Party People: Get on the Floor!

Particle board ought to be illegal.

 I was not planning to replace the subflooring, even though it was particle board, until I came across this nightmare. This was my subfloor – much of it could be removed with no other tool than the shop vac. It doesn’t take many years of study to learn that a floor that can be swept away does not add much structural integrity to your house. What’s worse is that rotten particle board would not hold any of my hardwood flooring nails, so new kitchen floor would creak and the cabinets might not feel as solid as they would on new subfloor. As much as it sucks, I would hate to install a new kitchen on rotten subfloor just to save $200. Therefore, from that mess, I decided to rip it all out.

See? Total mess.

(Perspicacious readers can guess which appliance I didn’t want to move by myself.)

Turns out that ripping out the subfloor was definitely the right decission. That particle board is absolute garbage. Besides cutting around the fridge with a circular saw, I ripped the entire subfloor out with my bare hands, a small crowbar, and a shop vac. About one in 10 nails actually stayed in the board as I ripped it up, and the rest just broke out of the particle board and stayed in the floor. Some of the nails I pulled out were even hammered in straight. I was impressed.

Believe it or not, that black felt paper has been vacuumed a dozen times. The dust that you see that is still on that black paper is where the subfloor had rotted completely through, swelled to some odd size, and was totally worthless. There were other bad spots, but the big lines under the old cabinets, right near the fridge, and near the sink were the worst. They were also the only parts of the floor that were not protected by a linoleum moisture barrier. Funny that.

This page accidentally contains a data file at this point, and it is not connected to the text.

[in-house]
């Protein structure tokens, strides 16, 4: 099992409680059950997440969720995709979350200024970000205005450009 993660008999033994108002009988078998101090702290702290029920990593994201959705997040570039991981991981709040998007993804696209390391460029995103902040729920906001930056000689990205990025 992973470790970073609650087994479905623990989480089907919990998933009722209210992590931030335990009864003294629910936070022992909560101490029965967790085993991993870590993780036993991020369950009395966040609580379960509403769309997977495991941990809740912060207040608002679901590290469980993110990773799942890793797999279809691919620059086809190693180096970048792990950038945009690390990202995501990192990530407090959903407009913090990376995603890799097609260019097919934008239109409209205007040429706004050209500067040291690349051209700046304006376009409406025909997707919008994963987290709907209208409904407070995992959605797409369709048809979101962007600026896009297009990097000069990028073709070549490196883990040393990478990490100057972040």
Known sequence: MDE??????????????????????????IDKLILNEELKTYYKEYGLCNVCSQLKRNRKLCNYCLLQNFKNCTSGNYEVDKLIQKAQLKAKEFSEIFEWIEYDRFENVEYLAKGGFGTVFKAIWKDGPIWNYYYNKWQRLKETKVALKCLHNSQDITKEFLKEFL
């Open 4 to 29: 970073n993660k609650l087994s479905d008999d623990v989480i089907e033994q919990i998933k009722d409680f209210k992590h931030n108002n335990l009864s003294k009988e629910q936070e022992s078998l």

What you see there is the removal of 7 of the 10 sheets that that need to go. The other three are in the foyer. They are completely undammaged, so far as I can tell, but nobody makes that oddball thickness of subfloor anymore. Am I going to risk having uneven floors to save $45? No, and this is why engineers need their wife in Africa for a month to get a project done. And while I miss her terribly, she would probably be less than enthusiastic about the state of the house right now.

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